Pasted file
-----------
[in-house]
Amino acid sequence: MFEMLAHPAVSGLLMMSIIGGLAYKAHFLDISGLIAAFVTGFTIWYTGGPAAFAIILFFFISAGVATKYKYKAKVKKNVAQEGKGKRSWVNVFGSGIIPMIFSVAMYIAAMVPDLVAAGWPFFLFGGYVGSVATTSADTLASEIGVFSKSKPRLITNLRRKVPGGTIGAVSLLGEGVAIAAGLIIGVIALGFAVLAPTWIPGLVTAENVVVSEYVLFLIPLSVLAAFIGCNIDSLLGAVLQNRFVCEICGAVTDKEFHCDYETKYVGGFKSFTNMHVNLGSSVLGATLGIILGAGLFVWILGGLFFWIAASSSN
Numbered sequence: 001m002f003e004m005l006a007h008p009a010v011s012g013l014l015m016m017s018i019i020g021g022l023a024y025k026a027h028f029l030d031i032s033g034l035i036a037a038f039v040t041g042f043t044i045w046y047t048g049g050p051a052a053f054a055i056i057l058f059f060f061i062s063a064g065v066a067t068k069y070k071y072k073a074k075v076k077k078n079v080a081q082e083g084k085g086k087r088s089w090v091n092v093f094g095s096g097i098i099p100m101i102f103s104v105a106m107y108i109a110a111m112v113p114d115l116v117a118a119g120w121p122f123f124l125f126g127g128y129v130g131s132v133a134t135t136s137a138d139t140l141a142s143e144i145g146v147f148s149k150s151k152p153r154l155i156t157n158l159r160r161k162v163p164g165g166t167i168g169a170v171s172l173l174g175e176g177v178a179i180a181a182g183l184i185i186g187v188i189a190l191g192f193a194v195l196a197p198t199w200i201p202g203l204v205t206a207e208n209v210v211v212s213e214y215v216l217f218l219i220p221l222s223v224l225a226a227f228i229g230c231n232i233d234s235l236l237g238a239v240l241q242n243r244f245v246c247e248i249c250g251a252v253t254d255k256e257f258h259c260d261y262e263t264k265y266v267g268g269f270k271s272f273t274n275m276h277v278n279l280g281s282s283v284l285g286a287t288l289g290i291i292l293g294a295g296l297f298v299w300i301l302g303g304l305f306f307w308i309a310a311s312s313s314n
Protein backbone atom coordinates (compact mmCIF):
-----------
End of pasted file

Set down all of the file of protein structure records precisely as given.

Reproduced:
[in-house]
Amino acid sequence: MFEMLAHPAVSGLLMMSIIGGLAYKAHFLDISGLIAAFVTGFTIWYTGGPAAFAIILFFFISAGVATKYKYKAKVKKNVAQEGKGKRSWVNVFGSGIIPMIFSVAMYIAAMVPDLVAAGWPFFLFGGYVGSVATTSADTLASEIGVFSKSKPRLITNLRRKVPGGTIGAVSLLGEGVAIAAGLIIGVIALGFAVLAPTWIPGLVTAENVVVSEYVLFLIPLSVLAAFIGCNIDSLLGAVLQNRFVCEICGAVTDKEFHCDYETKYVGGFKSFTNMHVNLGSSVLGATLGIILGAGLFVWILGGLFFWIAASSSN
Numbered sequence: 001m002f003e004m005l006a007h008p009a010v011s012g013l014l015m016m017s018i019i020g021g022l023a024y025k026a027h028f029l030d031i032s033g034l035i036a037a038f039v040t041g042f043t044i045w046y047t048g049g050p051a052a053f054a055i056i057l058f059f060f061i062s063a064g065v066a067t068k069y070k071y072k073a074k075v076k077k078n079v080a081q082e083g084k085g086k087r088s089w090v091n092v093f094g095s096g097i098i099p100m101i102f103s104v105a106m107y108i109a110a111m112v113p114d115l116v117a118a119g120w121p122f123f124l125f126g127g128y129v130g131s132v133a134t135t136s137a138d139t140l141a142s143e144i145g146v147f148s149k150s151k152p153r154l155i156t157n158l159r160r161k162v163p164g165g166t167i168g169a170v171s172l173l174g175e176g177v178a179i180a181a182g183l184i185i186g187v188i189a190l191g192f193a194v195l196a197p198t199w200i201p202g203l204v205t206a207e208n209v210v211v212s213e214y215v216l217f218l219i220p221l222s223v224l225a226a227f228i229g230c231n232i233d234s235l236l237g238a239v240l241q242n243r244f245v246c247e248i249c250g251a252v253t254d255k256e257f258h259c260d261y262e263t264k265y266v267g268g269f270k271s272f273t274n275m276h277v278n279l280g281s282s283v284l285g286a287t288l289g290i291i292l293g294a295g296l297f298v299w300i301l302g303g304l305f306f307w308i309a310a311s312s313s314n
Protein backbone atom coordinates (compact mmCIF):